Feb 18

If I were the owner of a food and beverage company

Posted by Packaging Sense in Featured | Uncategorized

I could most likely include non-food FMCG companies, but my experience being mostly within the food and drink segment, my comments will relate to these products.

Why write this article? Well, some frustration is no doubt the driving force, as I have seen some changes, unfortunately not to the better, during the last decades.

I will cover the following 8 areas which I believe need improvement:

  • • Education;
  • • Design as a selling tool;
  • • Structure within the organisation;
  • • Legislation, ie. what must be in relation to what could be;
  • • Purchasing of design/creative work;
  • • 360° communication, i.e. the coordination within all media;
  • • Testing;
  • • Appetite appeal. We eat with our eyes.

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If we wish to have more creative solutions, faster and more efficient, we have to start with education. Young brand managers coming out of business schools (e.g. MBA) have today very little, if any, training in design and communication.  I would therefore, as early as possible, have all my marketing people trained in

  • • how to make a difference between concept and execution. With today’s overuse of the design computer, it is clear that most agencies offer several executions before even thinking/agreeing upon a concept/big idea!
  • • how to brief an agency with stimulating information and not a lot of figures;
  • • working with a highly skilled design communicator (see later) who steers them in the right direction.

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Such training is not easy to obtain, but is essential to avoid too much testing and/or personal likes or dislikes.

The 2nd area, which is linked to the 3rd, has to do with the question of where, in an organisation, I should place my design manager or unit. I personally favour a solution where, depending on the size of the organisation, you have a few skilled designers inside who understand both the technical and the marketing side of packaging and instore POS material, as these two media go hand in hand. These designers should be the link between the brand managers and the outside agencies. They are trained to judge quality, costs, efficiency and should constantly look for improvements within the packaging world, a world that evolves so fast that a brand manager has no time to be up-to-date. This or these designers should preferably also be good teachers in order to pass on their knowledge both to the brand managers and the outside agencies.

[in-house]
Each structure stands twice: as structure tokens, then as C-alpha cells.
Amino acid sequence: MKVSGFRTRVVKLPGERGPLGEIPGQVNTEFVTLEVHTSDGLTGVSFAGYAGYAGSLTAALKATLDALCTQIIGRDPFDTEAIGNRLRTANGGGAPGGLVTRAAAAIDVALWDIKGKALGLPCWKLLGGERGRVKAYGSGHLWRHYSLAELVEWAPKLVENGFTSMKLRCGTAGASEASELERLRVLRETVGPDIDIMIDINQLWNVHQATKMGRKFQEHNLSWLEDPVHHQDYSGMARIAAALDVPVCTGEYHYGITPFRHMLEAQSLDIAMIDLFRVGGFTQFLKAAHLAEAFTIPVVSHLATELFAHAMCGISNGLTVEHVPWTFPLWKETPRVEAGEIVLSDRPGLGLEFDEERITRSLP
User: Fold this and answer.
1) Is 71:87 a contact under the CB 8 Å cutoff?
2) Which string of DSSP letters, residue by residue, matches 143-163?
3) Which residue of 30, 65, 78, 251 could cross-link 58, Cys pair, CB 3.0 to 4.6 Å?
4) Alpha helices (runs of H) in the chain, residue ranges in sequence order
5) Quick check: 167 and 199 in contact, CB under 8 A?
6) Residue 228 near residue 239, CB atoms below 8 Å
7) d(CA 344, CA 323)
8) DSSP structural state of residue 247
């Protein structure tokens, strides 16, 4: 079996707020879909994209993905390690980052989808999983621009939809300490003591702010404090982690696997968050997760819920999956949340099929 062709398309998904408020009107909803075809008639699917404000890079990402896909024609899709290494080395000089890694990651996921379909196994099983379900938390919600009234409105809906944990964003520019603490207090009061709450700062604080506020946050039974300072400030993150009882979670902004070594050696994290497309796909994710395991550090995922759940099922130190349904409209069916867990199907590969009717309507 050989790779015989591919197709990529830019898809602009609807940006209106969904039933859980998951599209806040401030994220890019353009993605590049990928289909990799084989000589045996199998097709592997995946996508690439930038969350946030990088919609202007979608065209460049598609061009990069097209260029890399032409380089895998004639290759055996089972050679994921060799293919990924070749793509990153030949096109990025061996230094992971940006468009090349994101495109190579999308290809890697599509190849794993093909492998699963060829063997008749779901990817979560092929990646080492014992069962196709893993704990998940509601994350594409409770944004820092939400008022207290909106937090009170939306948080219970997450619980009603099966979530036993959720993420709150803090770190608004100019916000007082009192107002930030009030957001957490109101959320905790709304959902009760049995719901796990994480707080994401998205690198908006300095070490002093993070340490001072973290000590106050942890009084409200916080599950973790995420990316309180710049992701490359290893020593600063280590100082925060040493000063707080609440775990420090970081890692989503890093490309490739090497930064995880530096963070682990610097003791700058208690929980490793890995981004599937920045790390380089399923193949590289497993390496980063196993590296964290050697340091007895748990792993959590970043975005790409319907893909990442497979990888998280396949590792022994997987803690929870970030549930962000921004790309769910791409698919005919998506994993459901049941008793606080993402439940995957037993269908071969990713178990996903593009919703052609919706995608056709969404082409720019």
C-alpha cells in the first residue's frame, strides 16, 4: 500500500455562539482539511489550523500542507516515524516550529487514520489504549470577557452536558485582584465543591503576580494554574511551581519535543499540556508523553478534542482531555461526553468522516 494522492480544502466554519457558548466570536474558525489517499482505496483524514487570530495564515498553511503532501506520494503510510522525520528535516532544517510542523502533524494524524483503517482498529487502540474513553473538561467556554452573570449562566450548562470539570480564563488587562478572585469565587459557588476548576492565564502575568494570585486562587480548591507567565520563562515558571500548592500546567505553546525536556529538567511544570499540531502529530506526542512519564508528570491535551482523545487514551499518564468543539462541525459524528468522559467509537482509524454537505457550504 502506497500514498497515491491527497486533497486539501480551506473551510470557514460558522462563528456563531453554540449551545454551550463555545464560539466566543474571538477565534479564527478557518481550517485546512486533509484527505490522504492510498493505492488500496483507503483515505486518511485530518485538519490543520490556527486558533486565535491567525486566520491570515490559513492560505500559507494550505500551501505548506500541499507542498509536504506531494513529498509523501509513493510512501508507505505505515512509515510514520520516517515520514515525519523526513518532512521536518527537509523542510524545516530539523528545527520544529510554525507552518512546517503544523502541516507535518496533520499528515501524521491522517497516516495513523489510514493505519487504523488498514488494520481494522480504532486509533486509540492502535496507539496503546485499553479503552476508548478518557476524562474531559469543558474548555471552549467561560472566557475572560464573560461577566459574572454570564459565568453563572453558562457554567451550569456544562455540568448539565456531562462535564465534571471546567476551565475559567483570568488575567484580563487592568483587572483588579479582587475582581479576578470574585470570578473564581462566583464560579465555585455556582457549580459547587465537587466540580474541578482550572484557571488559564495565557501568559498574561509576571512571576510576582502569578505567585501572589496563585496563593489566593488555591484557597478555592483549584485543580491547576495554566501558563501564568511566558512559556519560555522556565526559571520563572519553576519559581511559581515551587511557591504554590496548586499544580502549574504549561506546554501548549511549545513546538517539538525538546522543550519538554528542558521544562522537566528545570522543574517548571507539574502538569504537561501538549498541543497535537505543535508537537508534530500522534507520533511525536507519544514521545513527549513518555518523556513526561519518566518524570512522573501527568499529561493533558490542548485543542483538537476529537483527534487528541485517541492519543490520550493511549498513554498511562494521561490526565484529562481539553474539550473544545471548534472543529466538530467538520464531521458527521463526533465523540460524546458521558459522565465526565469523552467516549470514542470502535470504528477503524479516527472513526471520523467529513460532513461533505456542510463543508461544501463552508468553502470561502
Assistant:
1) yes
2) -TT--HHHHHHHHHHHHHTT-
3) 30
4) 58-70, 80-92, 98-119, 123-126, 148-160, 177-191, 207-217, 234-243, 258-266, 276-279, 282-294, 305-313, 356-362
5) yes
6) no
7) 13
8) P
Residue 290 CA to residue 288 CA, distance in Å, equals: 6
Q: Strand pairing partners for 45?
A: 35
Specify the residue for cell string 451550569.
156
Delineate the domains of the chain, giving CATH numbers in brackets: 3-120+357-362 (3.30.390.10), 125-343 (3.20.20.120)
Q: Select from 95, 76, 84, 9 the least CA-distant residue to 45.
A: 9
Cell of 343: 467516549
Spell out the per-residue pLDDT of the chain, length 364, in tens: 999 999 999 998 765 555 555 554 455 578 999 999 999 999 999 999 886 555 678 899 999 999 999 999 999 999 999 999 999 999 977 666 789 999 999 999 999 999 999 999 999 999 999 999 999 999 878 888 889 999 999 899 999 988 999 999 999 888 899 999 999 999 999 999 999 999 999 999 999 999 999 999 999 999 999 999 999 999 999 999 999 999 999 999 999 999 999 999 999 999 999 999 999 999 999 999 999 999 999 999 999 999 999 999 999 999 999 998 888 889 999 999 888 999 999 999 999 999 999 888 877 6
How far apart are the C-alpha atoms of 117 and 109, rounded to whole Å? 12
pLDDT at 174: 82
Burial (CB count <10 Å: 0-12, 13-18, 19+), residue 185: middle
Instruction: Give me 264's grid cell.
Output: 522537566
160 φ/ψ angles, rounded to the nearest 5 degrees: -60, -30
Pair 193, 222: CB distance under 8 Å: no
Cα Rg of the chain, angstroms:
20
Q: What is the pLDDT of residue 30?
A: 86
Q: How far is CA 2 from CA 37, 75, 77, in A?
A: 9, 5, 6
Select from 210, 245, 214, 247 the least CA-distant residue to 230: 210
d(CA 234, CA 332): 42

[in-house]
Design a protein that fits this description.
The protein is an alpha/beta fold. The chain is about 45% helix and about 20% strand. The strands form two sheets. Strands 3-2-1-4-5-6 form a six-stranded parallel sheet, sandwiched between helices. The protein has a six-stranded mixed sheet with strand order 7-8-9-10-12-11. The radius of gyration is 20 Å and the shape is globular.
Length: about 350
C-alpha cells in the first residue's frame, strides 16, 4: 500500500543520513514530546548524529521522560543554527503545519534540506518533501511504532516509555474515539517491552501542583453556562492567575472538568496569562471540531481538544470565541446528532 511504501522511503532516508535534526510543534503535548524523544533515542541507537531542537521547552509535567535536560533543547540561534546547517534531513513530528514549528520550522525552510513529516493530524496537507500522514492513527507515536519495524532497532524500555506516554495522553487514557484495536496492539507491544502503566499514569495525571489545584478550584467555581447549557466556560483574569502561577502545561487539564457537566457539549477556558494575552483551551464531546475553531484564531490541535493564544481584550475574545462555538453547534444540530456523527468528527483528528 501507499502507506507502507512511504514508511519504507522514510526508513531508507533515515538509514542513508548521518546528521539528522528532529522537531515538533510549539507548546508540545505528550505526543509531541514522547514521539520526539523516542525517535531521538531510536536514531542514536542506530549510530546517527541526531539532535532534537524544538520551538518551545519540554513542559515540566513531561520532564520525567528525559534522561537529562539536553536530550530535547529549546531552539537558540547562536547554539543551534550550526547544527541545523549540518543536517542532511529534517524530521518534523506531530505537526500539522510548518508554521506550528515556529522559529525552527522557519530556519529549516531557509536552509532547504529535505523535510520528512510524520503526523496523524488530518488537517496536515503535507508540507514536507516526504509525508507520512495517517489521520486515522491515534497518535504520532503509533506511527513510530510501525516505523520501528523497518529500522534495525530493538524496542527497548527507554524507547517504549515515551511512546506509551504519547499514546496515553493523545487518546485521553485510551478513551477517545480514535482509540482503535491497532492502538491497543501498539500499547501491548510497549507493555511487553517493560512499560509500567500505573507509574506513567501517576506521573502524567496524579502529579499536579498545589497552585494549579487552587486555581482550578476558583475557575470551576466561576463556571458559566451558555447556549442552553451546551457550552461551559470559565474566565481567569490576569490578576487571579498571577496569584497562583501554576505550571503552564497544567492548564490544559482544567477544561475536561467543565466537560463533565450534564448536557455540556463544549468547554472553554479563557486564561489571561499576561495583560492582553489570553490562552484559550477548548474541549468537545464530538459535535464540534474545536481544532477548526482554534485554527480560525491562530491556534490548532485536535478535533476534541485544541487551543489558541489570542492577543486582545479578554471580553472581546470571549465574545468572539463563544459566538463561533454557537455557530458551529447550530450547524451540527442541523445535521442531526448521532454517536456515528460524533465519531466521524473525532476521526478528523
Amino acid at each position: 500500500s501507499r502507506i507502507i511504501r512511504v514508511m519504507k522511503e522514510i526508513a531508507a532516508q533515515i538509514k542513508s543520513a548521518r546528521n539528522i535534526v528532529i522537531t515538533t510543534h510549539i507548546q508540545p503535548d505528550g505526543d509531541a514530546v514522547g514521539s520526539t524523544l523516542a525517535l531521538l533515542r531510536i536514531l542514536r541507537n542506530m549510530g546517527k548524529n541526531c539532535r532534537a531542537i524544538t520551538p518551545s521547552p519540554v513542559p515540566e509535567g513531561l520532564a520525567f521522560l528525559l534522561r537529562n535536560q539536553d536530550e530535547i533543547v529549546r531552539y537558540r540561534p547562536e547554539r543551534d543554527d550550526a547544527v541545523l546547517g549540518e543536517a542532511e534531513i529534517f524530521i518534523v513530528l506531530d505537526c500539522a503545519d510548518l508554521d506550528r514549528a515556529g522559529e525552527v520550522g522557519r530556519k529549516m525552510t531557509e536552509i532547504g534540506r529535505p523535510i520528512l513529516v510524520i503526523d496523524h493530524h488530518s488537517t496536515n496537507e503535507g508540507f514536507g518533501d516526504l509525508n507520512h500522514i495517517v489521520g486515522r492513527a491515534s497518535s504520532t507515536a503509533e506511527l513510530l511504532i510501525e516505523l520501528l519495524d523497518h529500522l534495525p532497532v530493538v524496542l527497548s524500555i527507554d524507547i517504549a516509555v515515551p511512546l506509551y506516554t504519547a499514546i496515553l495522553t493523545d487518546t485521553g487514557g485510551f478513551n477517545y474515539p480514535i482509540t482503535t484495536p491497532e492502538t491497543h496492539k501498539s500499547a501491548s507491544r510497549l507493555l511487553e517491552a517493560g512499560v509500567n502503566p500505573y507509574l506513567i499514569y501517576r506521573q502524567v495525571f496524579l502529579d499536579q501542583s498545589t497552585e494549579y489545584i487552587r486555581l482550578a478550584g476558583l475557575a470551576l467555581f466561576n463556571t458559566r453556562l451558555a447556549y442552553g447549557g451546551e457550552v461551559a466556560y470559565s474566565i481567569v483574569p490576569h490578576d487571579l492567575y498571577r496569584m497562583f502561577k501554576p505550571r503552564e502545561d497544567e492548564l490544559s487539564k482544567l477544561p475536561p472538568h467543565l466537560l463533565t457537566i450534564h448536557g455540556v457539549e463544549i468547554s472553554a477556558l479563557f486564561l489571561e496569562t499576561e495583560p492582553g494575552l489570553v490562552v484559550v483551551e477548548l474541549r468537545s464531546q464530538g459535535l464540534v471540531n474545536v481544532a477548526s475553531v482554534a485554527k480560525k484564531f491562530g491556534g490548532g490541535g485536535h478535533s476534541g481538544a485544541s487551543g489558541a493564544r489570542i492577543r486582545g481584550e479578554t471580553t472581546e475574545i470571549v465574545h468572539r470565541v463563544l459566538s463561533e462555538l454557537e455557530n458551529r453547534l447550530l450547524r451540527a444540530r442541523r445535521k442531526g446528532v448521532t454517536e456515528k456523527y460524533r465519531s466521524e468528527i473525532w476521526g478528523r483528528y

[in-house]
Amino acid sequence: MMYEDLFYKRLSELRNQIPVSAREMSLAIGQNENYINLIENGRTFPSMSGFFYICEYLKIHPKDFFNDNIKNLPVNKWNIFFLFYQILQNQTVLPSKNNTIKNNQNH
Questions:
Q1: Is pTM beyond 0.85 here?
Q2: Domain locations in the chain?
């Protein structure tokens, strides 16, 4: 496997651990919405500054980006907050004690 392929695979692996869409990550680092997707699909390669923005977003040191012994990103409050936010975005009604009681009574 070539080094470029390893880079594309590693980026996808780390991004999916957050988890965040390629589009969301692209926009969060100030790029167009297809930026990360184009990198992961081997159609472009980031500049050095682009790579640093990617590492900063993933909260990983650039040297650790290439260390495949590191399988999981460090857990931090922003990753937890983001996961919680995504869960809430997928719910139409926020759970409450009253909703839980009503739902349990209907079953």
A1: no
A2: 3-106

It goes without saying that I here mainly deal with the marketing side of package design. On the technical side, there are plenty of packaging engineers who receive adequate training in technical highschools or universities.

Great design, visual and verbal, makes a product more valuable. In my opinion, the abovementioned designer should therefore be placed rather high up in the organisation, as assistant to the business director or marketing manager, i.e. above brand management. Brand management decides upon what to communicate, the designer knows how to do it.